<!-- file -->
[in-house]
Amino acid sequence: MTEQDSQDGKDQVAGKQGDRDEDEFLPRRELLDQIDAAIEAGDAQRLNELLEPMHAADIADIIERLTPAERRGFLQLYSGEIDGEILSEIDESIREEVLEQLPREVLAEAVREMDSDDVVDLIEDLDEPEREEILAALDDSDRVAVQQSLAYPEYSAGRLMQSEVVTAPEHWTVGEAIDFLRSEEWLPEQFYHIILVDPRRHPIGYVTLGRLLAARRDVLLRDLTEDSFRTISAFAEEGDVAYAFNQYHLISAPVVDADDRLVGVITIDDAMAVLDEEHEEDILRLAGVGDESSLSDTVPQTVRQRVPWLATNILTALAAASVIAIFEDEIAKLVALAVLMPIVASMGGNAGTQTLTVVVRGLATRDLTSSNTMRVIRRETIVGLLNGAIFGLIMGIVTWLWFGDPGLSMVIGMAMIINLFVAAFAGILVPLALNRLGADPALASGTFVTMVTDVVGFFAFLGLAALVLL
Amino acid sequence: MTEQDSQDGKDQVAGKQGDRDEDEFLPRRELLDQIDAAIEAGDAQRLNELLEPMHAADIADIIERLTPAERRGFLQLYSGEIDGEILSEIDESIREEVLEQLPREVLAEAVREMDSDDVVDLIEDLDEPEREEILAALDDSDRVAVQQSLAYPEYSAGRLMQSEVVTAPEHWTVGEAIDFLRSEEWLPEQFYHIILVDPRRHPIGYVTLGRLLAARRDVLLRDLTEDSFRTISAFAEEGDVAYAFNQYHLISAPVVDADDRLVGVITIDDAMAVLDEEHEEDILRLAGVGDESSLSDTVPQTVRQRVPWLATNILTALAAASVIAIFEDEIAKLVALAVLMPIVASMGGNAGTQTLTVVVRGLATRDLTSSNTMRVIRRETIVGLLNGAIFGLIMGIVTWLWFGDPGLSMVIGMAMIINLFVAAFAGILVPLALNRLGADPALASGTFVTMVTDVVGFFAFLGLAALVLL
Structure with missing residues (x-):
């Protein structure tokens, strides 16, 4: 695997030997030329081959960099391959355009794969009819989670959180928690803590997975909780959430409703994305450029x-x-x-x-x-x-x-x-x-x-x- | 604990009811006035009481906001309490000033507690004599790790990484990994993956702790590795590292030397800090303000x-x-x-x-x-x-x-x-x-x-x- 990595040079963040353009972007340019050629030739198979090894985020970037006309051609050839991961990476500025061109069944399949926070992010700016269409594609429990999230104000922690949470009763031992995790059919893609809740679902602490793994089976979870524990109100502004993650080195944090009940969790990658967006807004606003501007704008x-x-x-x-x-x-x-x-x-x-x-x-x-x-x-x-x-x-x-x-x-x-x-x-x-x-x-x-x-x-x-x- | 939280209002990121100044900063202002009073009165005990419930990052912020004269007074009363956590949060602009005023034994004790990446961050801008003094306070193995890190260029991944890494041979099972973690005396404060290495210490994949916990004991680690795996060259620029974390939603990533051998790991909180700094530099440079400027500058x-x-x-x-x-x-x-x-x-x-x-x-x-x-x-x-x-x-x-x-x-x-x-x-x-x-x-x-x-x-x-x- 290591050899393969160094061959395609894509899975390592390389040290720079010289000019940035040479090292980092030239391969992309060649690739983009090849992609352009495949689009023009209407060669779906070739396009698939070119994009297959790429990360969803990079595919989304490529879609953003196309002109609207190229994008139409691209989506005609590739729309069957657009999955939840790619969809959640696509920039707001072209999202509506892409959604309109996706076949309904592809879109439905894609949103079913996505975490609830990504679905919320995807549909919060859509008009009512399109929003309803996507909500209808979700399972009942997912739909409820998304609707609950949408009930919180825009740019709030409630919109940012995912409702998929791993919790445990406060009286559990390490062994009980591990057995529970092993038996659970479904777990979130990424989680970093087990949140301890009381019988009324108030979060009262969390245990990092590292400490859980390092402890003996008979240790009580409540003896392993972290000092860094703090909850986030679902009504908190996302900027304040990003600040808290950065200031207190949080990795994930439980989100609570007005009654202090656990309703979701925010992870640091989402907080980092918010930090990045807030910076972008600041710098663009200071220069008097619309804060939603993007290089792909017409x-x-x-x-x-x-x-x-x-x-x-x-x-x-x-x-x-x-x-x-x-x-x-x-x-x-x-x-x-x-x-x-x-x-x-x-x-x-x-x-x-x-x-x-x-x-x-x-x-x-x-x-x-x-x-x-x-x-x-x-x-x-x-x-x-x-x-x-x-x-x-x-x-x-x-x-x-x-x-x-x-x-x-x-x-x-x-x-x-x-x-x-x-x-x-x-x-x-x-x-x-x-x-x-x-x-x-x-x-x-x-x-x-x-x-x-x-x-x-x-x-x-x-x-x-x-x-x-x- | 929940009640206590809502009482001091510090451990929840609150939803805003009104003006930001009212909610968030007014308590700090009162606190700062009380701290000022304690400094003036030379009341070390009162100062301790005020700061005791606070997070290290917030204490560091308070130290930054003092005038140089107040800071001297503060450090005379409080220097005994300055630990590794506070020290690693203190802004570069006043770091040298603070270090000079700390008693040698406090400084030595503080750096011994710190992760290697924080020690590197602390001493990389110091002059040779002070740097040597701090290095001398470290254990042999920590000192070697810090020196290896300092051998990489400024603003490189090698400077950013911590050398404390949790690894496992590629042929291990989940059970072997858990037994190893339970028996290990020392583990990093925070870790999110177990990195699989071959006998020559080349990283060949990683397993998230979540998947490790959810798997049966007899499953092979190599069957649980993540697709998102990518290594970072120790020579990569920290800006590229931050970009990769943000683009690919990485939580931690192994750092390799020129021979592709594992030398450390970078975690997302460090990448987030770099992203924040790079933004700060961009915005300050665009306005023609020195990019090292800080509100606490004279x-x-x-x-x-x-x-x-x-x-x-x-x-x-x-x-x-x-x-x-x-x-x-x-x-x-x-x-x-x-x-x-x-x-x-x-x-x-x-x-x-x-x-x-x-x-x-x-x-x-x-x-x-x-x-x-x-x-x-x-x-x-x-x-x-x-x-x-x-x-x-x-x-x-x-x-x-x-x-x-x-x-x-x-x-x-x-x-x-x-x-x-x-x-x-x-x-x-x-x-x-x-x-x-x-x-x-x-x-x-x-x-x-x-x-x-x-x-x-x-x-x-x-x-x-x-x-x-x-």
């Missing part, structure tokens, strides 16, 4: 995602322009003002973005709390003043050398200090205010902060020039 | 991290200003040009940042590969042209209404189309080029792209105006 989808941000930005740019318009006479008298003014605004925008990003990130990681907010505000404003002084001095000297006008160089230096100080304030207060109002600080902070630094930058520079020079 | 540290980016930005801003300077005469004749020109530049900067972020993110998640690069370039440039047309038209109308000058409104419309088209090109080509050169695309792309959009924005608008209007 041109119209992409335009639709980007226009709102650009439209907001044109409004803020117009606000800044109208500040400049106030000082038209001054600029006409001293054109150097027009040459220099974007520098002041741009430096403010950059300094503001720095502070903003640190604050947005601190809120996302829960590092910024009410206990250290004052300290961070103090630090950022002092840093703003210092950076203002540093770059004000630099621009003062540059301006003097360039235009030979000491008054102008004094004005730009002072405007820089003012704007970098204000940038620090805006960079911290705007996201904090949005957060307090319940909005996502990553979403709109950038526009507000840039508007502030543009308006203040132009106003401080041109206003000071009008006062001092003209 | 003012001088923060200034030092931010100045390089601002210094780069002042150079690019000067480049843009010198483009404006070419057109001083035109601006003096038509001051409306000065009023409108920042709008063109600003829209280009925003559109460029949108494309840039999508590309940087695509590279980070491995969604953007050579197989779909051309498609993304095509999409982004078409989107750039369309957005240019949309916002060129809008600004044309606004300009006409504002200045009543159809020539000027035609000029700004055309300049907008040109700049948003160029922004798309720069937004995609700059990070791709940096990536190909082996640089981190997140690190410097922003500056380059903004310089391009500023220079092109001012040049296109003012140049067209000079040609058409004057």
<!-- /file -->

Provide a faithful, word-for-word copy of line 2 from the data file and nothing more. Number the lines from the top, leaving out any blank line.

Amino acid sequence: MTEQDSQDGKDQVAGKQGDRDEDEFLPRRELLDQIDAAIEAGDAQRLNELLEPMHAADIADIIERLTPAERRGFLQLYSGEIDGEILSEIDESIREEVLEQLPREVLAEAVREMDSDDVVDLIEDLDEPEREEILAALDDSDRVAVQQSLAYPEYSAGRLMQSEVVTAPEHWTVGEAIDFLRSEEWLPEQFYHIILVDPRRHPIGYVTLGRLLAARRDVLLRDLTEDSFRTISAFAEEGDVAYAFNQYHLISAPVVDADDRLVGVITIDDAMAVLDEEHEEDILRLAGVGDESSLSDTVPQTVRQRVPWLATNILTALAAASVIAIFEDEIAKLVALAVLMPIVASMGGNAGTQTLTVVVRGLATRDLTSSNTMRVIRRETIVGLLNGAIFGLIMGIVTWLWFGDPGLSMVIGMAMIINLFVAAFAGILVPLALNRLGADPALASGTFVTMVTDVVGFFAFLGLAALVLL